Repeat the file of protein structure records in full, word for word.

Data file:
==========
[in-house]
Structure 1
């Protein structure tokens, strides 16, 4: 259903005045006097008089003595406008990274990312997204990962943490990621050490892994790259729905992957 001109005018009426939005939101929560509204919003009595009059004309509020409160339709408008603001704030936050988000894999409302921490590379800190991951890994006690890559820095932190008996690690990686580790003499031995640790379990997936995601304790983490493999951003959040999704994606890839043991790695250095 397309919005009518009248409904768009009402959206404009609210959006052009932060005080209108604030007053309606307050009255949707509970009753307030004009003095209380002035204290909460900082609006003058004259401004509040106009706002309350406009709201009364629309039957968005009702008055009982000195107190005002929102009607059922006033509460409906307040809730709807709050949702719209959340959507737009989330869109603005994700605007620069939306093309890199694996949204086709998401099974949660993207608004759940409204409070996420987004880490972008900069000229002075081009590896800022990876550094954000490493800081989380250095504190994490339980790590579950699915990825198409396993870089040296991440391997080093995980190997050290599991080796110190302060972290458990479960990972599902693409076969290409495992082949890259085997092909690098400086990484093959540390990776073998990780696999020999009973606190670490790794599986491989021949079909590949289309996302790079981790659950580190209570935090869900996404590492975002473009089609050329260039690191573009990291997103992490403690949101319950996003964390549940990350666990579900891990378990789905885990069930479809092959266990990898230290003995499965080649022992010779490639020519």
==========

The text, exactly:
[in-house]
Structure 1
């Protein structure tokens, strides 16, 4: 259903005045006097008089003595406008990274990312997204990962943490990621050490892994790259729905992957 001109005018009426939005939101929560509204919003009595009059004309509020409160339709408008603001704030936050988000894999409302921490590379800190991951890994006690890559820095932190008996690690990686580790003499031995640790379990997936995601304790983490493999951003959040999704994606890839043991790695250095 397309919005009518009248409904768009009402959206404009609210959006052009932060005080209108604030007053309606307050009255949707509970009753307030004009003095209380002035204290909460900082609006003058004259401004509040106009706002309350406009709201009364629309039957968005009702008055009982000195107190005002929102009607059922006033509460409906307040809730709807709050949702719209959340959507737009989330869109603005994700605007620069939306093309890199694996949204086709998401099974949660993207608004759940409204409070996420987004880490972008900069000229002075081009590896800022990876550094954000490493800081989380250095504190994490339980790590579950699915990825198409396993870089040296991440391997080093995980190997050290599991080796110190302060972290458990479960990972599902693409076969290409495992082949890259085997092909690098400086990484093959540390990776073998990780696999020999009973606190670490790794599986491989021949079909590949289309996302790079981790659950580190209570935090869900996404590492975002473009089609050329260039690191573009990291997103992490403690949101319950996003964390549940990350666990579900891990378990789905885990069930479809092959266990990898230290003995499965080649022992010779490639020519």